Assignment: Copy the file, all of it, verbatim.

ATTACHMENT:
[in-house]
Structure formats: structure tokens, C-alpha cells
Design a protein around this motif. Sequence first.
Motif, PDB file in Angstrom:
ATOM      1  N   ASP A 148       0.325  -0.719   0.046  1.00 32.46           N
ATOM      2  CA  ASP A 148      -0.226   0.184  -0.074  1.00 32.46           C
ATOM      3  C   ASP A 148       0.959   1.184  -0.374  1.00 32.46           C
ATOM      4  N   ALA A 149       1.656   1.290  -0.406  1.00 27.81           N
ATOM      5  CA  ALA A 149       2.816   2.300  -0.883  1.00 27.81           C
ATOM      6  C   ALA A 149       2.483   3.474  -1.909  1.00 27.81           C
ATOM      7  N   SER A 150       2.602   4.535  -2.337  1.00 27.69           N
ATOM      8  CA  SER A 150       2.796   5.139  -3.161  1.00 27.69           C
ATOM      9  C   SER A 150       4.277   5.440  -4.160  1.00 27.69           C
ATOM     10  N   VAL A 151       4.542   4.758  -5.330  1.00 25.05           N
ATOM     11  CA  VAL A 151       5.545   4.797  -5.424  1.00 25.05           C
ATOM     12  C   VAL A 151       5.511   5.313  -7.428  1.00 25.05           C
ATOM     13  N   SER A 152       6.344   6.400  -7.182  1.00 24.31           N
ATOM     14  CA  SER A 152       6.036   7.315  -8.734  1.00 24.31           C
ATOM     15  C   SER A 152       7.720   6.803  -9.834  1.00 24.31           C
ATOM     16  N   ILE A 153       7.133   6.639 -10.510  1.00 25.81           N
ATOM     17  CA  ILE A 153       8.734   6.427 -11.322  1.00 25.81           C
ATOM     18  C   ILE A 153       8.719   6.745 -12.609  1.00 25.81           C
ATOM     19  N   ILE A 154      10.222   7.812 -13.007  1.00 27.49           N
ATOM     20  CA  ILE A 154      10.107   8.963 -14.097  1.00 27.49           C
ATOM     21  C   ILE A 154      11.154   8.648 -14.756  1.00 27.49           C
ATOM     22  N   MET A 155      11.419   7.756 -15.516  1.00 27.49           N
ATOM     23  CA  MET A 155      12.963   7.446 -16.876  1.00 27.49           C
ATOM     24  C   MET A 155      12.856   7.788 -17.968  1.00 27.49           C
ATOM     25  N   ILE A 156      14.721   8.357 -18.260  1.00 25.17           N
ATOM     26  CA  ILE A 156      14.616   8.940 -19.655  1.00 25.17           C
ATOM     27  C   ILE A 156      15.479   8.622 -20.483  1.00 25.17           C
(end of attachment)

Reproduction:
[in-house]
Structure formats: structure tokens, C-alpha cells
Design a protein around this motif. Sequence first.
Motif, PDB file in Angstrom:
ATOM      1  N   ASP A 148       0.325  -0.719   0.046  1.00 32.46           N
ATOM      2  CA  ASP A 148      -0.226   0.184  -0.074  1.00 32.46           C
ATOM      3  C   ASP A 148       0.959   1.184  -0.374  1.00 32.46           C
ATOM      4  N   ALA A 149       1.656   1.290  -0.406  1.00 27.81           N
ATOM      5  CA  ALA A 149       2.816   2.300  -0.883  1.00 27.81           C
ATOM      6  C   ALA A 149       2.483   3.474  -1.909  1.00 27.81           C
ATOM      7  N   SER A 150       2.602   4.535  -2.337  1.00 27.69           N
ATOM      8  CA  SER A 150       2.796   5.139  -3.161  1.00 27.69           C
ATOM      9  C   SER A 150       4.277   5.440  -4.160  1.00 27.69           C
ATOM     10  N   VAL A 151       4.542   4.758  -5.330  1.00 25.05           N
ATOM     11  CA  VAL A 151       5.545   4.797  -5.424  1.00 25.05           C
ATOM     12  C   VAL A 151       5.511   5.313  -7.428  1.00 25.05           C
ATOM     13  N   SER A 152       6.344   6.400  -7.182  1.00 24.31           N
ATOM     14  CA  SER A 152       6.036   7.315  -8.734  1.00 24.31           C
ATOM     15  C   SER A 152       7.720   6.803  -9.834  1.00 24.31           C
ATOM     16  N   ILE A 153       7.133   6.639 -10.510  1.00 25.81           N
ATOM     17  CA  ILE A 153       8.734   6.427 -11.322  1.00 25.81           C
ATOM     18  C   ILE A 153       8.719   6.745 -12.609  1.00 25.81           C
ATOM     19  N   ILE A 154      10.222   7.812 -13.007  1.00 27.49           N
ATOM     20  CA  ILE A 154      10.107   8.963 -14.097  1.00 27.49           C
ATOM     21  C   ILE A 154      11.154   8.648 -14.756  1.00 27.49           C
ATOM     22  N   MET A 155      11.419   7.756 -15.516  1.00 27.49           N
ATOM     23  CA  MET A 155      12.963   7.446 -16.876  1.00 27.49           C
ATOM     24  C   MET A 155      12.856   7.788 -17.968  1.00 27.49           C
ATOM     25  N   ILE A 156      14.721   8.357 -18.260  1.00 25.17           N
ATOM     26  CA  ILE A 156      14.616   8.940 -19.655  1.00 25.17           C
ATOM     27  C   ILE A 156      15.479   8.622 -20.483  1.00 25.17           C